Anthony Bourdain… does the name ring a bell? The man who eats his way around the world was recently in Jamaica as part of his show, Parts Unknown, airing on CNN. With much anticipation, the episode was released to the public over the weekend and of course, many in Jamaica and abroad were as excited as they were opinionated about his second visit… back to “yaad”. After a first trip to Kingston, the chef decided to return and explore the beautiful East Coast and namely, the picturesque town of Port Antonio.
By now, you may have already seen the episode, the comments and feedback floating around on the internet. Some good. Some bad. My intention is not to bash the show or Bourdain’s experience, but here’s my take on it.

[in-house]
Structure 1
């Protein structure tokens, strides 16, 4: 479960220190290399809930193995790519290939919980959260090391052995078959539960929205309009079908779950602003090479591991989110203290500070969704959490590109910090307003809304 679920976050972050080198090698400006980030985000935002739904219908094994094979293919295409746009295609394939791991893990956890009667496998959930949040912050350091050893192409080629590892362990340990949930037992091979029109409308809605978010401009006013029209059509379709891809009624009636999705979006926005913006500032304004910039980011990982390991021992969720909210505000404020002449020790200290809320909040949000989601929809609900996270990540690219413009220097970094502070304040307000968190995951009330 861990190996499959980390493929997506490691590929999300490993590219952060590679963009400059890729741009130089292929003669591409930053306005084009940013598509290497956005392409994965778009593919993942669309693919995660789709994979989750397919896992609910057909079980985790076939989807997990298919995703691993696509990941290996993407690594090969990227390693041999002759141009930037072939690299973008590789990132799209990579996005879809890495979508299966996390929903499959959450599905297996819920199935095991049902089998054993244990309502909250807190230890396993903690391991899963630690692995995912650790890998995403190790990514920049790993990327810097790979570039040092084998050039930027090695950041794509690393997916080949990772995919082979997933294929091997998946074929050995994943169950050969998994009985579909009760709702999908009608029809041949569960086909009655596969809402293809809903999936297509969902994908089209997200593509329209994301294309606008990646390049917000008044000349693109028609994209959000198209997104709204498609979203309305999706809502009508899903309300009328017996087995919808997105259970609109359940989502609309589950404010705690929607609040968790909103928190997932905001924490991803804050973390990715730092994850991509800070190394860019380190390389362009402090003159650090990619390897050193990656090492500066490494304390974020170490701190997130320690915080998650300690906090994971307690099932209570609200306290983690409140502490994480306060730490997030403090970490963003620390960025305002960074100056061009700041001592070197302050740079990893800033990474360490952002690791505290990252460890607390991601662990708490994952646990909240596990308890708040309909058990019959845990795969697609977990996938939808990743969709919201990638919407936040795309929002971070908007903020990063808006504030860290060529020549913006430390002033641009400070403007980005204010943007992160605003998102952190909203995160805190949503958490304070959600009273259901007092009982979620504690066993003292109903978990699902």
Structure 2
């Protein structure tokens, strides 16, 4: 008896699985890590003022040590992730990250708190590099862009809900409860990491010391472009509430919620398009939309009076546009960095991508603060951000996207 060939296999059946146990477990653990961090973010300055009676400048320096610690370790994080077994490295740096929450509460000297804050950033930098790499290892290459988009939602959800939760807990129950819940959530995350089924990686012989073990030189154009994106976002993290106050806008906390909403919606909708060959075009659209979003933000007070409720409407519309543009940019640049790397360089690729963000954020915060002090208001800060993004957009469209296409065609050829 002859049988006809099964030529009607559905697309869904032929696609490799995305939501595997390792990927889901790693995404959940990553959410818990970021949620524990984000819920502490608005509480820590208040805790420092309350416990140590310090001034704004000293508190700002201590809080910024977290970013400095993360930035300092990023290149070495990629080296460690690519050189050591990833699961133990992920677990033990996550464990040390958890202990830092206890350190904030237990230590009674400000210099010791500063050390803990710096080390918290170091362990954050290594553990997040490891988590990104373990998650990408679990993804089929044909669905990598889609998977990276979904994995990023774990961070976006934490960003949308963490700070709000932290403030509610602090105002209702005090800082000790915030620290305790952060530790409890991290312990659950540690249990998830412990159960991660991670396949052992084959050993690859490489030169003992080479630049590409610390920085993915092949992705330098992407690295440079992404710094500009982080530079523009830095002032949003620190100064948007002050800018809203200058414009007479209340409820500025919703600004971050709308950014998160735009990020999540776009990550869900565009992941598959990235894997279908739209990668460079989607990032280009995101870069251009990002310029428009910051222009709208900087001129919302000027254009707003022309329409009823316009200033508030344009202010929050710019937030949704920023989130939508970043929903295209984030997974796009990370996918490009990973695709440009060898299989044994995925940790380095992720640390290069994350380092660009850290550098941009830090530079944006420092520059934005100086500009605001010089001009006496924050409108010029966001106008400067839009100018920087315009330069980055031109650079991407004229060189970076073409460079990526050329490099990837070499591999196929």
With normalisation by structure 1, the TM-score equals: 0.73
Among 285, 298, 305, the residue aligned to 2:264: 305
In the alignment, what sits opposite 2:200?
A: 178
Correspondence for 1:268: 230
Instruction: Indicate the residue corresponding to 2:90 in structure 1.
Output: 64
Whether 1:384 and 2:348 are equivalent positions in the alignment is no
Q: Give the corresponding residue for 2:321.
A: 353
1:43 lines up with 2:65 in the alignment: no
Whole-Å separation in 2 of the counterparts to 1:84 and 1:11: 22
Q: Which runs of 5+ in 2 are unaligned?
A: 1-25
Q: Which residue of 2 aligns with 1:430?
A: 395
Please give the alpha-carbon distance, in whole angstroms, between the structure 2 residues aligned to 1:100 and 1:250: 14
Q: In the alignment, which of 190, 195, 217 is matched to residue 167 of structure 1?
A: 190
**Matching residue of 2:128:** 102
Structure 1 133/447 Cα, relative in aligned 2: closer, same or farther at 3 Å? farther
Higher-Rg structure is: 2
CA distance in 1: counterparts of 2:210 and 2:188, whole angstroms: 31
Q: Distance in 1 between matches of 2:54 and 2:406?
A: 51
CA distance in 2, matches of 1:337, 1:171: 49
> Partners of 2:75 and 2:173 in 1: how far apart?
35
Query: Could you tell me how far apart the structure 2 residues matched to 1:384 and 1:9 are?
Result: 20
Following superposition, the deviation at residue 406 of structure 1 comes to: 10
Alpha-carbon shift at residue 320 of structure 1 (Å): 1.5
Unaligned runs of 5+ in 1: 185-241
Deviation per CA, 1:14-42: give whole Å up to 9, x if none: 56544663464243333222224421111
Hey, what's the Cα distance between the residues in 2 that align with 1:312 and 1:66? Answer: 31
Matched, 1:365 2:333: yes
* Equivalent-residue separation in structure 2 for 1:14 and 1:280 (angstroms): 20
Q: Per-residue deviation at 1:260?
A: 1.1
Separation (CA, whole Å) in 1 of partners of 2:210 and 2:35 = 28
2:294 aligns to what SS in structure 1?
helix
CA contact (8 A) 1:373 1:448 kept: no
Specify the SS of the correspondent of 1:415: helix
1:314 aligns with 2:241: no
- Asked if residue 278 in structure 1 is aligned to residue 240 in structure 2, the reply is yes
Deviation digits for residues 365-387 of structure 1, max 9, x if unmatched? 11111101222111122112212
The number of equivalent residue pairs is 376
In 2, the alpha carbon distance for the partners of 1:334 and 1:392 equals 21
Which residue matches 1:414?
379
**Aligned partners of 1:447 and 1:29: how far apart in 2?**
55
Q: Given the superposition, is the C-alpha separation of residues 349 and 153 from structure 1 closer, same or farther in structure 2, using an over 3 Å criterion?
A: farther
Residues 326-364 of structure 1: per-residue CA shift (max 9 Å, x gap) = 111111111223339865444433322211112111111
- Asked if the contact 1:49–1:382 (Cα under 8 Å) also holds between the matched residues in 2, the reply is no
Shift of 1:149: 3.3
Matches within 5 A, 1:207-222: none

First and foremost, this is a TV show produced for and aired on mainstream TV: CNN specifically. So no matter what, there will always be some sort of bias or filter on the content development.
Secondly, clearly there was too much air time dedicated on the lavish Trident castle and other forms of extravaganza. Jamaica is not just about poverty, but it isn’t all about wealth either… especially the exorbitant kind. It was interesting to take a peak into the world of the rich (and it is sometimes a necessary discussion), but too much of it felt like watching a parody about Dubai.